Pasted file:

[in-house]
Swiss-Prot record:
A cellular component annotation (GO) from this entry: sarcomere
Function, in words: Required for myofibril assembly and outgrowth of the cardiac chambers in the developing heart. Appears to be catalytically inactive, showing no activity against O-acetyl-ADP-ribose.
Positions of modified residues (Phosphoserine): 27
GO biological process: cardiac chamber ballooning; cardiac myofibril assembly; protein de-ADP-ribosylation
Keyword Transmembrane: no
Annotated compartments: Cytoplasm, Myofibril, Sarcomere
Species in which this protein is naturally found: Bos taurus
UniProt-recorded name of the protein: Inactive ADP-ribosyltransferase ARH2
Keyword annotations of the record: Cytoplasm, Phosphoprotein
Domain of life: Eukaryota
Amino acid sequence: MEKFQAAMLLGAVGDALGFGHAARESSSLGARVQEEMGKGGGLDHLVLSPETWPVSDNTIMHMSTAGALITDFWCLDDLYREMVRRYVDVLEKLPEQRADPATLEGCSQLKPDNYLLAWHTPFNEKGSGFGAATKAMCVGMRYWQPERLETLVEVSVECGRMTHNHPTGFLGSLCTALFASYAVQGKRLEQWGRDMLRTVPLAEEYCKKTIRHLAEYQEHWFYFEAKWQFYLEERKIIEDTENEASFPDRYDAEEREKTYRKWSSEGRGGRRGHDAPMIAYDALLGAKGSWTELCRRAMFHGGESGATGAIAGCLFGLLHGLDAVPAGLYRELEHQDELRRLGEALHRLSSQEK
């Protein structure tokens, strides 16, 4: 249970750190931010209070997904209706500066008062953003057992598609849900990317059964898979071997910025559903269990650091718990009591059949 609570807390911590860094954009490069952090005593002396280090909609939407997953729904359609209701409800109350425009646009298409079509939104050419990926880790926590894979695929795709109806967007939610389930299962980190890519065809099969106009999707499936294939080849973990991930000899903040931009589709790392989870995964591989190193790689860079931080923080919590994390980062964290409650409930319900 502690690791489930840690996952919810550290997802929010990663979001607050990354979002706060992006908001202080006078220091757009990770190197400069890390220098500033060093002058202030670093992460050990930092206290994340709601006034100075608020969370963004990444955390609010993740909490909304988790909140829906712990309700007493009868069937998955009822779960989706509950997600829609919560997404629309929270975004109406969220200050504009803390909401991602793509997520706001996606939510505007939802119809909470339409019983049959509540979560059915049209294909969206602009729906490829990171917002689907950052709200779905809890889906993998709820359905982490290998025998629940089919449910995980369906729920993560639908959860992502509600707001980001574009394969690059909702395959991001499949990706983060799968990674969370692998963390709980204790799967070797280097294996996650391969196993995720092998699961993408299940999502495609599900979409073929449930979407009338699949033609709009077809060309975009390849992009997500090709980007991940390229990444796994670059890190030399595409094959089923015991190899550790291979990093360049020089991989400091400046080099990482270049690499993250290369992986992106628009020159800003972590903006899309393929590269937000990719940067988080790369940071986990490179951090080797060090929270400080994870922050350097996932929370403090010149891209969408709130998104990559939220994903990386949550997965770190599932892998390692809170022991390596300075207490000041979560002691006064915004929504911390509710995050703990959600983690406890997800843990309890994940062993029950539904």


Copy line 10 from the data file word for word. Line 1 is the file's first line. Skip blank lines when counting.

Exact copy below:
UniProt-recorded name of the protein: Inactive ADP-ribosyltransferase ARH2